Paul Balite, coming from his office, cancelled a meeting to get me. He was laughing at me: a sinkhole, of all things! "Let's take a selfie," he said, for which I had rebuked him.
"A selfie? In the current state of things?!"
"This is too memorable to pass up," Paul said.
God works in mysterious ways, indeed. I almost felt like a Syrian refugee denied entry to, say, Berlin. Yet again, I was reminded that "Lord Thou hast been our dwelling-place in all generations" (Psalm 90:1). And if this was His way of reminding me that He provides for everything--even the roof over my head--then I had to submit to His will. I hadn't thanked Him for giving me the most basic of things, like food and clothing; that was a time to be rebuked of my ungratefulness, too.
My state of homelessless was only temporary. Since then, I've lived with my brother who gladly accommodated me. It meant, of course, that I had to wake up extra early to avoid traffic, hail a cab or get an Uber or Grab at the most appropriate moments, and rearrange my itineraries accordingly: no dinners or meet ups in the Manila area. If we could meet in Quezon City, why not? My friend Carlo de Guzman, who was on his "outside" rotation, even met me for dinner in Maginhawa Street, and I was just too happy to tour him around. To see a familiar PGH face in far-flung QC was refreshing, like seeing an alien.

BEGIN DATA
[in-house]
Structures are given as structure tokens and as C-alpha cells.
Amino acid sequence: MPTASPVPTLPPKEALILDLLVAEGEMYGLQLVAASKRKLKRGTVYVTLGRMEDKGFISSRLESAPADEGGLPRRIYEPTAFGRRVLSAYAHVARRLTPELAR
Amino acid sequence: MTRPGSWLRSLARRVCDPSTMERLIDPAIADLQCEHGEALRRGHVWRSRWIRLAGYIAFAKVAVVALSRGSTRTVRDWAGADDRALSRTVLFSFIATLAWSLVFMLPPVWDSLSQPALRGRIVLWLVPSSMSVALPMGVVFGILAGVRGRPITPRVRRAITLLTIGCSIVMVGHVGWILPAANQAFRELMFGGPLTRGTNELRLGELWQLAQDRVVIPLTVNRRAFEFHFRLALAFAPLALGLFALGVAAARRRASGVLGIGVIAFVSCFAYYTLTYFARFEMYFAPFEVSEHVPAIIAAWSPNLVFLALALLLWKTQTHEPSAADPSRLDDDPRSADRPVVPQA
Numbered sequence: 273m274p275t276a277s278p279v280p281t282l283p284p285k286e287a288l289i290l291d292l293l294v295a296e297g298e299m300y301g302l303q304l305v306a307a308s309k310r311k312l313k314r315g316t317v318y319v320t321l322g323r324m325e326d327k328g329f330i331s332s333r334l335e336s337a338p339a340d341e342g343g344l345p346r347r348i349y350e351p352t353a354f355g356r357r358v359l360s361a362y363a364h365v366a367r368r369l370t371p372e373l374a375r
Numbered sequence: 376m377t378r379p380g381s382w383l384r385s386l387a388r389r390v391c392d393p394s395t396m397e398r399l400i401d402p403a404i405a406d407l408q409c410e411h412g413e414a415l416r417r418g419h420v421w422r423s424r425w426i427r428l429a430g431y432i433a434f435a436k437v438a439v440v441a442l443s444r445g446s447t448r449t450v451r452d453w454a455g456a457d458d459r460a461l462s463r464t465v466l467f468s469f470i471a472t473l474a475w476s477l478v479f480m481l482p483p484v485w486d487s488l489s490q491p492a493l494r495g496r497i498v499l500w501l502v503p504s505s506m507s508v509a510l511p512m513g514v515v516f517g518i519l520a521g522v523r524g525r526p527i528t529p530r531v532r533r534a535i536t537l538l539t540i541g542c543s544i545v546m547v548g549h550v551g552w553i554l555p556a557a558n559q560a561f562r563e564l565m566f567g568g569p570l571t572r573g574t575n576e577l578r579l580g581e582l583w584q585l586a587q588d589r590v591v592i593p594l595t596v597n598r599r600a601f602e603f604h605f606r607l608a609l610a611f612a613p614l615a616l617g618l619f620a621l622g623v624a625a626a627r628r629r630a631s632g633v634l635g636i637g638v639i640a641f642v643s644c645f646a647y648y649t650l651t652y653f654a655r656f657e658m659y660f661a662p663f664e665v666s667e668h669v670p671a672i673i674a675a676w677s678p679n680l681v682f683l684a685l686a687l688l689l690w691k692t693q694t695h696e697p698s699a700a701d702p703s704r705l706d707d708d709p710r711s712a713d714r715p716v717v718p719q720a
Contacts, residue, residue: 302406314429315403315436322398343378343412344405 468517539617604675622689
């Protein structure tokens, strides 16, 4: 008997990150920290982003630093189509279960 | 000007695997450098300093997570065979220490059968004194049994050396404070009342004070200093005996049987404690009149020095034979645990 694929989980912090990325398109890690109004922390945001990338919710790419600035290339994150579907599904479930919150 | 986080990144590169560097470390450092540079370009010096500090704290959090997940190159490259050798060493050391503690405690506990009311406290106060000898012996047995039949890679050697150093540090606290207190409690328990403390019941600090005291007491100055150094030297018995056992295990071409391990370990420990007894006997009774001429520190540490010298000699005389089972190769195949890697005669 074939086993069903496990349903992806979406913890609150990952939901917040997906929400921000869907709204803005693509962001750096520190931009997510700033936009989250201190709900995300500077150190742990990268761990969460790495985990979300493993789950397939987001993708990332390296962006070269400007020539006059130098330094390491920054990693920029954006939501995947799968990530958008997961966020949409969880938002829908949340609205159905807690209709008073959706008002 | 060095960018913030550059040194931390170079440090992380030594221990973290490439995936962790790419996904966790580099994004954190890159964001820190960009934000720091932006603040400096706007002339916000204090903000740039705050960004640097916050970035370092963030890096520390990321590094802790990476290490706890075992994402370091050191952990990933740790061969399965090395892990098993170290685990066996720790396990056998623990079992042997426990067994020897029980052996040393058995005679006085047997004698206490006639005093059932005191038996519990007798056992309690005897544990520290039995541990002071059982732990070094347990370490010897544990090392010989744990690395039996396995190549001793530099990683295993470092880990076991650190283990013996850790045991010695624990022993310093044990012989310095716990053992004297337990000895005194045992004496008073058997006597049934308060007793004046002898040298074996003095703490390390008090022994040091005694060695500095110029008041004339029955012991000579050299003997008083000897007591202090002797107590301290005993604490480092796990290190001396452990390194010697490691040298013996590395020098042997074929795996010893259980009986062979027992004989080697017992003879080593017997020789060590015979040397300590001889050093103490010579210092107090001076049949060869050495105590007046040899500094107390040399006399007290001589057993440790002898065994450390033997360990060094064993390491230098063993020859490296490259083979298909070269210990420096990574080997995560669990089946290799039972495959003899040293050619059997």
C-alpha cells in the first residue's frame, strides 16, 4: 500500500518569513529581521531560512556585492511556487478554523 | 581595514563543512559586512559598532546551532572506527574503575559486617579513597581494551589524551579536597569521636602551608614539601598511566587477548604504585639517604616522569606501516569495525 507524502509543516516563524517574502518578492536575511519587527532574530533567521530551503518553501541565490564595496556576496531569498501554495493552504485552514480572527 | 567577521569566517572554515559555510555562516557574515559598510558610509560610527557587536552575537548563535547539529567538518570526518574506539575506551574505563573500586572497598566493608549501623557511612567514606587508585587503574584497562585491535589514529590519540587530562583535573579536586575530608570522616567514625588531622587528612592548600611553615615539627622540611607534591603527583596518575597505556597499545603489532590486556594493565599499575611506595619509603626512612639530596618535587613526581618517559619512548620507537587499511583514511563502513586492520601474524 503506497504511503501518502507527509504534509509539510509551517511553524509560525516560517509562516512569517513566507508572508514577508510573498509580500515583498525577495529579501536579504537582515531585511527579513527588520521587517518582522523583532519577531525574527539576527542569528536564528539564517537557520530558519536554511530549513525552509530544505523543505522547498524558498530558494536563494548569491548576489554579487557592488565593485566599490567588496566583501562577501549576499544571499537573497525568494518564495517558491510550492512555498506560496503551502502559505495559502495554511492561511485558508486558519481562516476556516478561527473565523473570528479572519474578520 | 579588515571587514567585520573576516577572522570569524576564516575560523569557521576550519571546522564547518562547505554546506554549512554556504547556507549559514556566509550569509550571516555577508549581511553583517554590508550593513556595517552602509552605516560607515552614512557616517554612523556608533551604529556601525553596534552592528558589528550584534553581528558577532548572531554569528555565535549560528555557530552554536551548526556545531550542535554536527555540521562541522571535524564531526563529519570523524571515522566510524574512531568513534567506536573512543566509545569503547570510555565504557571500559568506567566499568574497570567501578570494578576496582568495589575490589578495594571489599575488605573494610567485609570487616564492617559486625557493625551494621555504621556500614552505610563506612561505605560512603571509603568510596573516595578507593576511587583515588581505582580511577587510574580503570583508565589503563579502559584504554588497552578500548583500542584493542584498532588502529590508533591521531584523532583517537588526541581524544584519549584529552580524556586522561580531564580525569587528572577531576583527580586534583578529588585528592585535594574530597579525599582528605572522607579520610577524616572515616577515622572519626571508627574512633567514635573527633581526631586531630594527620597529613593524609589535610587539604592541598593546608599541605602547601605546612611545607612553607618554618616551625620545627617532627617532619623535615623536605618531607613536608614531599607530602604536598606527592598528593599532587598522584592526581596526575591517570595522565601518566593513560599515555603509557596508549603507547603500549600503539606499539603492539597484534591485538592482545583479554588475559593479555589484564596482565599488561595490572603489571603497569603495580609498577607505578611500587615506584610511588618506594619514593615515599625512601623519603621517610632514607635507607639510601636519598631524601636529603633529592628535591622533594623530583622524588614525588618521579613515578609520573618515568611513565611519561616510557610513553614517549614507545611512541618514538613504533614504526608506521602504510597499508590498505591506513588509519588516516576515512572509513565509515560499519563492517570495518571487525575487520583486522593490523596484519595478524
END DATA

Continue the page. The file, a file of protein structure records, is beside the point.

At the start, it was difficult, as most adjustments are. But I got used to the routine and eventually loved the feeling of detachment. It was as if I had ceased becoming a resident-in-training as soon as I got home. But that also meant that I would need to start preparing at 5 am. The trick was to be on the go before 6 am. After that, the roads become queues. The cars' backseats would be my new office. I would finish my reports. I would write emails. I would do literature searches in PubMed. I would listen to Cecil Baldwin in the podcast Night Vale. I would pray, have my devotions, and Bible-reading. I would have breakfast, my favorite being freshly brewed coffee from Pan de Manila with three small pieces of freshly baked pan de sal.
The greater challenge is going home, where hailing a cab along Taft is ten times harder, and where taking the LRT is almost a non-option, given the massive population density of humans during rush-hour. I would bring extra clothes, a change of underwear, and a comb, so I could take a shower in the call room or some colleague's nearby apartment on post-duty days.
Meanwhile the dorm has opened. My friends Uly Gopez and Jerry Vallente are going back in. I might transfer back before the month ends. At the end of this ordeal, my thoughts would probably be that it was good while it had lasted--my homelessness, my time away from the hospital, my commutes.
Meanwhile, my Uber has arrived. Hashtag ubos-sweldo.